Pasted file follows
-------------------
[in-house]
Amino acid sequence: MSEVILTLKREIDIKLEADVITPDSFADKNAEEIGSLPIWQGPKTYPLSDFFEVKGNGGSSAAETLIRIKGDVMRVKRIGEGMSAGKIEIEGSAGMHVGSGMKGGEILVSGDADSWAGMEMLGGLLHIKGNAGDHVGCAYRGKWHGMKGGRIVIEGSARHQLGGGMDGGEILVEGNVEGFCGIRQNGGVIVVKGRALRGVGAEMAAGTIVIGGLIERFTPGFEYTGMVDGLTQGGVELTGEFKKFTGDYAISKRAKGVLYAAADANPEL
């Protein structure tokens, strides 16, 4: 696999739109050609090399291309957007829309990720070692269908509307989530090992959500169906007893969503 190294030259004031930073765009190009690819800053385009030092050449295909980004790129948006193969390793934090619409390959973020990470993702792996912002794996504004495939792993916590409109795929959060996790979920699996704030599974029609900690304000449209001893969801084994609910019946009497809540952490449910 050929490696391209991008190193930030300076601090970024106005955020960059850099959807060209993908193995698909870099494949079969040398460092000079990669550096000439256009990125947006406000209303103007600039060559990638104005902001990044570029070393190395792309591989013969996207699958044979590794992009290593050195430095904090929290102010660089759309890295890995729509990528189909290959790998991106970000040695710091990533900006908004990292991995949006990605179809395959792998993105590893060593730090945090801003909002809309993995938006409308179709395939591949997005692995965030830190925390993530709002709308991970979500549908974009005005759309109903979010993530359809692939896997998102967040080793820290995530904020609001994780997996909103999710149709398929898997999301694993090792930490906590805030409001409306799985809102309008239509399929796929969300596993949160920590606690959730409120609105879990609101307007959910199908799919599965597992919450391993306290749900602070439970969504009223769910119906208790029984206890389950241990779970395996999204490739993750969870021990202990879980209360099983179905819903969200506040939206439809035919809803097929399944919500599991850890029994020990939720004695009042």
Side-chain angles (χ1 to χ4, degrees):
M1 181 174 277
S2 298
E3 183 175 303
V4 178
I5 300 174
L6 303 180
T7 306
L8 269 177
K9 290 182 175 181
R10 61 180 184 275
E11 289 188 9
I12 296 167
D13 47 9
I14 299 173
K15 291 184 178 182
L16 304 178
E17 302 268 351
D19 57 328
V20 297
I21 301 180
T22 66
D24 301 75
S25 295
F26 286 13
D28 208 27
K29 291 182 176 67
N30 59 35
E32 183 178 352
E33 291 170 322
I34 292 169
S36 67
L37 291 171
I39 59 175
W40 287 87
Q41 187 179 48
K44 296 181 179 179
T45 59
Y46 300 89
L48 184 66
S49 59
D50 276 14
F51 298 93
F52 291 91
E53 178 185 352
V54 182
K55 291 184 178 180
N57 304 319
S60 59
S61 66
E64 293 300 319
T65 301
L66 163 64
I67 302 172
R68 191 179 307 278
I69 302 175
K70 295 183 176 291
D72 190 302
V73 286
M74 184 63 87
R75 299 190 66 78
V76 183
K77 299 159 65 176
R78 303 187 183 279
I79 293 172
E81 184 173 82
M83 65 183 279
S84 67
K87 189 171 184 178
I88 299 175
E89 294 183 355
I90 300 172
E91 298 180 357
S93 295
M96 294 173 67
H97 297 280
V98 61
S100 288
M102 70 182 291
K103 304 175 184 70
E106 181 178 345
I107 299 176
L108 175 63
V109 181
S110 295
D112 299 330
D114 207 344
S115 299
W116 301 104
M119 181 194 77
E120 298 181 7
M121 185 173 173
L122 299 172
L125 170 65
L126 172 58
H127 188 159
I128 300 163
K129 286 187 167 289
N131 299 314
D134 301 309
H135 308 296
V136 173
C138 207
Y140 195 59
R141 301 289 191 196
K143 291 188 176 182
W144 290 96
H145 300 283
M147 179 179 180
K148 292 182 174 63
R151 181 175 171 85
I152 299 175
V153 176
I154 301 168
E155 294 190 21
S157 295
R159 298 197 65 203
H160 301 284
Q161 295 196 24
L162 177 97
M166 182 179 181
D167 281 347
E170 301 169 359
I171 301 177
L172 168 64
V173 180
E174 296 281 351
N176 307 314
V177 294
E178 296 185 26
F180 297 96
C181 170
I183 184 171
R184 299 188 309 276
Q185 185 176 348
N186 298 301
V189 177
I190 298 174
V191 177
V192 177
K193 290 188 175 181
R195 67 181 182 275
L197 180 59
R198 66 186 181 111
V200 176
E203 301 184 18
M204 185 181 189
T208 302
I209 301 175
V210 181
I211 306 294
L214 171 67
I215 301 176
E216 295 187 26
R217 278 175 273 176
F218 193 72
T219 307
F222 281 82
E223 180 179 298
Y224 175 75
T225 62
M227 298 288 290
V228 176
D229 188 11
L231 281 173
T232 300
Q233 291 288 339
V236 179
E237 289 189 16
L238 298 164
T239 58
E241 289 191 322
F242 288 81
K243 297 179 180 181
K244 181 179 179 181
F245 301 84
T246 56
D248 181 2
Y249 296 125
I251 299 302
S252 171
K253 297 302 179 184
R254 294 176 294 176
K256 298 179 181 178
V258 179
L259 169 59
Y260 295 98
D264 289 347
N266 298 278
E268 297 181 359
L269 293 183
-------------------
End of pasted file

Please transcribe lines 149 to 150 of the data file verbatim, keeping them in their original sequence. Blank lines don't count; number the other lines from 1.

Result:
E203 301 184 18
M204 185 181 189